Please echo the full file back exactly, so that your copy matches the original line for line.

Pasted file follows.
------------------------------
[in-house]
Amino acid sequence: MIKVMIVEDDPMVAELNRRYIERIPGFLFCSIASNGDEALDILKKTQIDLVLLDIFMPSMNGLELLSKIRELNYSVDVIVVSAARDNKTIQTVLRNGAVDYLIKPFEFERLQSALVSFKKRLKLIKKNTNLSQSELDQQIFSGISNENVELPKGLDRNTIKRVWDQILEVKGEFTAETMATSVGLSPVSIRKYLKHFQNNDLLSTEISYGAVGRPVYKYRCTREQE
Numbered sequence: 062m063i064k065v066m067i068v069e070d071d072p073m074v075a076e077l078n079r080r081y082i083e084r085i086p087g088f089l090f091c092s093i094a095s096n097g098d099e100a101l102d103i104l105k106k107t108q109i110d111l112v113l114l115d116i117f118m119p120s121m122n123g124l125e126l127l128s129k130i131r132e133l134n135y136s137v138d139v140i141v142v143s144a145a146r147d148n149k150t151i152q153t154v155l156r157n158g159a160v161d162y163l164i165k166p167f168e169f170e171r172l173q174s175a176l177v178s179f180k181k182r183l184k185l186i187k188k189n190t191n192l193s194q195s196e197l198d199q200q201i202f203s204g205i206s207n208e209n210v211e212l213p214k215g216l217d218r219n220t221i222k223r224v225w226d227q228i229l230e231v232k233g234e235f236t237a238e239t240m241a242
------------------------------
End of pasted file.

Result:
[in-house]
Amino acid sequence: MIKVMIVEDDPMVAELNRRYIERIPGFLFCSIASNGDEALDILKKTQIDLVLLDIFMPSMNGLELLSKIRELNYSVDVIVVSAARDNKTIQTVLRNGAVDYLIKPFEFERLQSALVSFKKRLKLIKKNTNLSQSELDQQIFSGISNENVELPKGLDRNTIKRVWDQILEVKGEFTAETMATSVGLSPVSIRKYLKHFQNNDLLSTEISYGAVGRPVYKYRCTREQE
Numbered sequence: 062m063i064k065v066m067i068v069e070d071d072p073m074v075a076e077l078n079r080r081y082i083e084r085i086p087g088f089l090f091c092s093i094a095s096n097g098d099e100a101l102d103i104l105k106k107t108q109i110d111l112v113l114l115d116i117f118m119p120s121m122n123g124l125e126l127l128s129k130i131r132e133l134n135y136s137v138d139v140i141v142v143s144a145a146r147d148n149k150t151i152q153t154v155l156r157n158g159a160v161d162y163l164i165k166p167f168e169f170e171r172l173q174s175a176l177v178s179f180k181k182r183l184k185l186i187k188k189n190t191n192l193s194q195s196e197l198d199q200q201i202f203s204g205i206s207n208e209n210v211e212l213p214k215g216l217d218r219n220t221i222k223r224v225w226d227q228i229l230e231v232k233g234e235f236t237a238e239t240m241a242